London Labour and the London Poor, volume 2

Mayhew, Henry


The class of which I have now to treat, including as it does the street-sellers of coal, coke, tanturf, salt, and sand, seem to have been called into existence principally by the necessities of the poorer classes. As the earnings of thousands of men, in all the slop, "slaughter-house," or "scamping" branches of tailoring, shoemaking, cabinet-making, joining, &c. have become lower and lower, they are compelled to purchase the indispensable articles of daily consumption in the smallest quantities, and at irregular times, just as the money is in their possession. This is more especially the case as regards chamber-masters and garret-masters (among the shoemakers) and cabinet-makers, who, as they are small masters, and working on their own account, have not even such a regularity of payment as the journeyman of the slop-tailor. Among these poor artizans, moreover, the wife must slave with the husband, and it is often an object with them to save the time lost in going out to the chandler'sshop or the coal-shed, to have such things as coal, and coke brought to their very doors, and vended in the smallest quantities. It is the same with the women who work for the slop-shirt merchants, &c., or make cap-fronts, &c., on their own account, for the supply of the shopkeepers, or the wholesale swag-men, who sell low-priced millinery. The street-sellers of the class I have now to notice are, then, the principal purveyors of the very poor.

The men engaged in the street-sale of coal and coke—the chief articles of this branch of the street-sale—are of the costermonger class, as, indeed, is usually the case where an exercise of bodily strength is requisite. Costermongers, too, are better versed than any other street-folk in the management of barrows, carts, asses, ponies, or horses, so that when these vehicles and these animals are a necessary part of any open-air business, it will generally be found in the hands of the coster class.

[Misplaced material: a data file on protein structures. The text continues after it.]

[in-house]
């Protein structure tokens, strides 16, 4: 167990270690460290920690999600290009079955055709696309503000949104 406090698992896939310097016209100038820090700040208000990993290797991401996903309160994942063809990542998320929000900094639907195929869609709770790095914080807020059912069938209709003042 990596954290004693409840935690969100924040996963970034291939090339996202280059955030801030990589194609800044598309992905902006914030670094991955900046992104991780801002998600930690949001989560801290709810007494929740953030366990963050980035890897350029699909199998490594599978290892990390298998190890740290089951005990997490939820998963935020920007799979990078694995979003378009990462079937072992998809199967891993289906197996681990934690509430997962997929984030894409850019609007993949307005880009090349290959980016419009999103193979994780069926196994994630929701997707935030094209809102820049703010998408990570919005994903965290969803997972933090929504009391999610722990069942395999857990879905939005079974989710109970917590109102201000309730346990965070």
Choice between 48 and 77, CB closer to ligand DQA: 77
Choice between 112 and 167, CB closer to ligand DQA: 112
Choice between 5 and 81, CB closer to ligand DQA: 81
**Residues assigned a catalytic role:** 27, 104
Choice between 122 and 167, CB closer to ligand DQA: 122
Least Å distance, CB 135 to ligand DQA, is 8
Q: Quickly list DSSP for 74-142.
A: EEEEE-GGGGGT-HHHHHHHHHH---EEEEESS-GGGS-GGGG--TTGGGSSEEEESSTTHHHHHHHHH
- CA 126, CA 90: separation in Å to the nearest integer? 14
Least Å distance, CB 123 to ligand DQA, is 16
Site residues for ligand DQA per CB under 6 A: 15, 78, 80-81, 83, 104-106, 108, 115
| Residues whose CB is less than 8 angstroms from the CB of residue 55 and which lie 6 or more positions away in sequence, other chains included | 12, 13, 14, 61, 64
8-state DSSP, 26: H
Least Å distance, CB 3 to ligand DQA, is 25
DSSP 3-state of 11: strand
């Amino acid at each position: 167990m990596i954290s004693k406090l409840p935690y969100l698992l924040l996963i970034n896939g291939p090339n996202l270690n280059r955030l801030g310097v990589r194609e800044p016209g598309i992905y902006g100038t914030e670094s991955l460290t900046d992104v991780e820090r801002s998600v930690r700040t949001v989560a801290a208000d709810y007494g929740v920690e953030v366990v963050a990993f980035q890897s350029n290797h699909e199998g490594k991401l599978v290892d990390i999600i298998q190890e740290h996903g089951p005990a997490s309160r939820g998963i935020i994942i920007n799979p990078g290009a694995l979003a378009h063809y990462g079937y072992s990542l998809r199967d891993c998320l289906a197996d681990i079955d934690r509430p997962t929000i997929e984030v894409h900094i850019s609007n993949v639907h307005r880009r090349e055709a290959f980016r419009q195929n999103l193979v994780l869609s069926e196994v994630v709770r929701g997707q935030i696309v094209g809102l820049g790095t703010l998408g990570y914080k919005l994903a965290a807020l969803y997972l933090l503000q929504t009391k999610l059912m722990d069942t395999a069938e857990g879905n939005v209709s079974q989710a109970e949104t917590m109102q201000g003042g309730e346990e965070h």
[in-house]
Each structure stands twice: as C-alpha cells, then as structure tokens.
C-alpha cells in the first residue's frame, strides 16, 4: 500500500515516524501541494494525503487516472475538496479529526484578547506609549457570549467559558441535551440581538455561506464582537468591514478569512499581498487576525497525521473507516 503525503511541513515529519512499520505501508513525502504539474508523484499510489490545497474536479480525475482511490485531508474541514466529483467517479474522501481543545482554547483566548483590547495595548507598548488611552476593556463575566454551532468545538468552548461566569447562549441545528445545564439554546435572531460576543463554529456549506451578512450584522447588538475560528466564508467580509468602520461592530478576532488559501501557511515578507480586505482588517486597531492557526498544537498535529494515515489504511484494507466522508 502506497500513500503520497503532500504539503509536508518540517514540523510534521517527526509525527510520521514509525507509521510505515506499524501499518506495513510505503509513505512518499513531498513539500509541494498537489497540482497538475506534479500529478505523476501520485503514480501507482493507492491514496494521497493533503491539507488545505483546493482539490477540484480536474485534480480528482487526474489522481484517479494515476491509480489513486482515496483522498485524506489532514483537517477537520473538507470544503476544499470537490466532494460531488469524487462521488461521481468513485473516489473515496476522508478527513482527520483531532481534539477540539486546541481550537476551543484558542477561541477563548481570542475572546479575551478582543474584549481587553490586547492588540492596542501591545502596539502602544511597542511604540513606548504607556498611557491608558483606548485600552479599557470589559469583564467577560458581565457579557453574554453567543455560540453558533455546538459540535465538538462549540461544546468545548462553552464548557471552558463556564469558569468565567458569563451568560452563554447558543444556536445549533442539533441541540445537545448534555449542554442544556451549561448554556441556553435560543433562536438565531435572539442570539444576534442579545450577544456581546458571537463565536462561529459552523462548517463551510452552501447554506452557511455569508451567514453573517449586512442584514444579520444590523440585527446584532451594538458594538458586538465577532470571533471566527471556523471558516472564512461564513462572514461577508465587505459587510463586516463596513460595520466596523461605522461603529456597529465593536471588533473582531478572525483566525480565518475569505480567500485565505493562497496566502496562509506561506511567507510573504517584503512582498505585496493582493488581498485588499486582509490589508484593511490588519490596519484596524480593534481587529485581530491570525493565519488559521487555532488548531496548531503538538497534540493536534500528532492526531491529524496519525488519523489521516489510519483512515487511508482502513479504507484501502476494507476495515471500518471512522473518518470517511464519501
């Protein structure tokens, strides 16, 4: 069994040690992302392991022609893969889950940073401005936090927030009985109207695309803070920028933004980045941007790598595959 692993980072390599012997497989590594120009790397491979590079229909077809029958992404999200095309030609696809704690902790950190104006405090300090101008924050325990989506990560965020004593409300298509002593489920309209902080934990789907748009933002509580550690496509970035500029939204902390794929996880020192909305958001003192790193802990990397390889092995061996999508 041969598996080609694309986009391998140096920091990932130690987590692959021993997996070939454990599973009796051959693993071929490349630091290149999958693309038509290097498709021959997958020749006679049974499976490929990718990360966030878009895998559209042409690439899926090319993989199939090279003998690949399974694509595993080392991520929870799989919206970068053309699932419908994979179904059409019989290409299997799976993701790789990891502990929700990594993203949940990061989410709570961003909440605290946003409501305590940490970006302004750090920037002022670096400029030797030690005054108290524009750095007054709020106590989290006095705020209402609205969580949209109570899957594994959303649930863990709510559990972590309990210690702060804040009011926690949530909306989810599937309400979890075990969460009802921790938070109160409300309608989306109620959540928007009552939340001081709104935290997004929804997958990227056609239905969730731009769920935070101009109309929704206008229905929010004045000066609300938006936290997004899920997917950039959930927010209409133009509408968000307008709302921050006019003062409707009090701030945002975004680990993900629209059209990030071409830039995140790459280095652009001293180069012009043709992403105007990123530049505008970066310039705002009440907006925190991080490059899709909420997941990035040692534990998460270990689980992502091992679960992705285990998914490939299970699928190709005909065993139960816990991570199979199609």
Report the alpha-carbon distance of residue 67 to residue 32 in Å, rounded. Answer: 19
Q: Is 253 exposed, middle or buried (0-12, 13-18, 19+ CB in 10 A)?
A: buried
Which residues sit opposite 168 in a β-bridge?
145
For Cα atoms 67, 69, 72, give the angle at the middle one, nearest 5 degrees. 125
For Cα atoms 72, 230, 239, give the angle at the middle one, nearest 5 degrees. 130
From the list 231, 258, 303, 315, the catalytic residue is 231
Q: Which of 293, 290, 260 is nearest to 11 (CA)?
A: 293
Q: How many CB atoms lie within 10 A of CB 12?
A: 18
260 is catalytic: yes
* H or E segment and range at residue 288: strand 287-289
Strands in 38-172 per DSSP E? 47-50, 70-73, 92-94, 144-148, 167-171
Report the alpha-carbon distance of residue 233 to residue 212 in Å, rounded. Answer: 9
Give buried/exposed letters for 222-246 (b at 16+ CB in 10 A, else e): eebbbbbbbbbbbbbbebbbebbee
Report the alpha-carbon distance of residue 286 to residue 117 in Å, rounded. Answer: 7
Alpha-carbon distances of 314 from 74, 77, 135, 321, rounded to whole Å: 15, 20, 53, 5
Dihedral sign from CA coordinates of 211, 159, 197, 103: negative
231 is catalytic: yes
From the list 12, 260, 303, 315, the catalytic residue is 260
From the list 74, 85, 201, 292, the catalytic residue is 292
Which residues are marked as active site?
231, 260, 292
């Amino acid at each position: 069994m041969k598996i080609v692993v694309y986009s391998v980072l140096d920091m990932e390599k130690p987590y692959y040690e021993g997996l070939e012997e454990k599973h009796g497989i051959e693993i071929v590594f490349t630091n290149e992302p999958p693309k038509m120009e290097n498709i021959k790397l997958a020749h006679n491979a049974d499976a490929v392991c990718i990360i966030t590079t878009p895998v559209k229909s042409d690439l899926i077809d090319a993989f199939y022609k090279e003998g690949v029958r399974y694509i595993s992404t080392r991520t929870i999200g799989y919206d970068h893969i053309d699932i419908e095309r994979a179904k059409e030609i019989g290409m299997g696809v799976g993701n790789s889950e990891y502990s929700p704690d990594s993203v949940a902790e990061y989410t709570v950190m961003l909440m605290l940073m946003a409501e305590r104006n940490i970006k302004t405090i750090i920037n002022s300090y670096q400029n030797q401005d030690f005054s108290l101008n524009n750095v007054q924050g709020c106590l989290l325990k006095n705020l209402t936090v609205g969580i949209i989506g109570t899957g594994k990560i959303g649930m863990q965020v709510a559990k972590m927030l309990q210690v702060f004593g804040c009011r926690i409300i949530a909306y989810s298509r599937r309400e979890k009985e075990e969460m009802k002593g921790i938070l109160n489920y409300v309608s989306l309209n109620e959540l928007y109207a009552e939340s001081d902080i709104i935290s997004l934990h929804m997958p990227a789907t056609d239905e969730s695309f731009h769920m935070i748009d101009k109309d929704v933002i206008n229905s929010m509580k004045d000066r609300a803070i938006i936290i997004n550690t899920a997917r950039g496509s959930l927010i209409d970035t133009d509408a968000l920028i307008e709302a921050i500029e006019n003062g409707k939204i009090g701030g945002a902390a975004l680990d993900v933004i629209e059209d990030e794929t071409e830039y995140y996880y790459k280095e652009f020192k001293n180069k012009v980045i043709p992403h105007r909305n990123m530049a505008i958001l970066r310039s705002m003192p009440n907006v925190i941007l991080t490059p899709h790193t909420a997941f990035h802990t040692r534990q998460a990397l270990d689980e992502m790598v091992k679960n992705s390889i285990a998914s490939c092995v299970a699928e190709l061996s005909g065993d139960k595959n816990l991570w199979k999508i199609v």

Nor is this branch of the street-traffic confined solely to articles of necessity. Under my present enumeration will be found the street-sale of , an ornament of the mantel-piece above the firegrate to which coal is a necessity.

The present division will complete the subject of Street in the metropolis.

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 Title Page
Of the Street-Sellers of Second-Hand Articles
Of the Street-Sellers of Live Animals
Of the Street-Sellers of Mineral Productions and Natural Curiosities
Of the Street-Buyers
Of the Street-Jews
Of the Street-Finders or Collectors
Of the Streets of London
Of the London Chimney-Sweepers
Of the London Chimney-Sweepers
Of the Sweepers of Old, and the Climbing Boys
Of the Chimney-Sweepers of the Present Day
Of the General Characteristics of the Working Chimney-Sweepers
Sweeping of the Chimneys of Steam-Vessels
Of the 'Ramoneur' Company
Of the Brisk and Slack Seasons, and the Casual Trade among the Chimney- Sweepers
Of the 'Leeks' Among the Chimney-Sweepers
Of the Inferior Chimney-Sweepers -- the 'Knullers' and 'Queriers'
Of the Fires of London
Of the Sewermen and Nightmen of London
Of the Wet House-Refuse of London
Of the Means of Removing the Wet House-Refuse
Of the Quantity of Metropolitan Sewage
Of Ancient Sewers
Of the Kinds and Characteristics of Sewers
Of the Subterranean Character of the Sewers
Of the House-Drainage of the Metropolis as Connected With the Sewers
Of the London Street-Drains
Of the Length of the London Sewers and Drains
Of the Cost of Constructing the Sewers and Drains of the Metropolis
Of the Uses of Sewers as a Means of Subsoil Drainage
Of the City Sewerage
Of the Outlets, Ramifications, Etc., of the Sewers
Of the Qualities, Etc., of the Sewage
Of the New Plan of Sewerage
Of the Management of the Sewers and the Late Commissions
Of the Powers and Authority of the Present Commissions of Sewers
Of the Sewers Rate
Of the Cleansing of the Sewers -- Ventilation
Of 'Flushing' and 'Plonging,' and Other Modes of Washing the Sewers
Of the Working Flushermen
Of the Rats in the Sewers
Of the Cesspoolage and Nightmen of the Metropolis
Of the Cesspool System of London
Of the Cesspool and Sewer System of Paris
Of the Emptying of the London Cesspools by Pump and Hose
Statement of a Cesspool-Sewerman
Of the Present Disposal of the Night-Soil
Of the Working Nightmen and the Mode of Work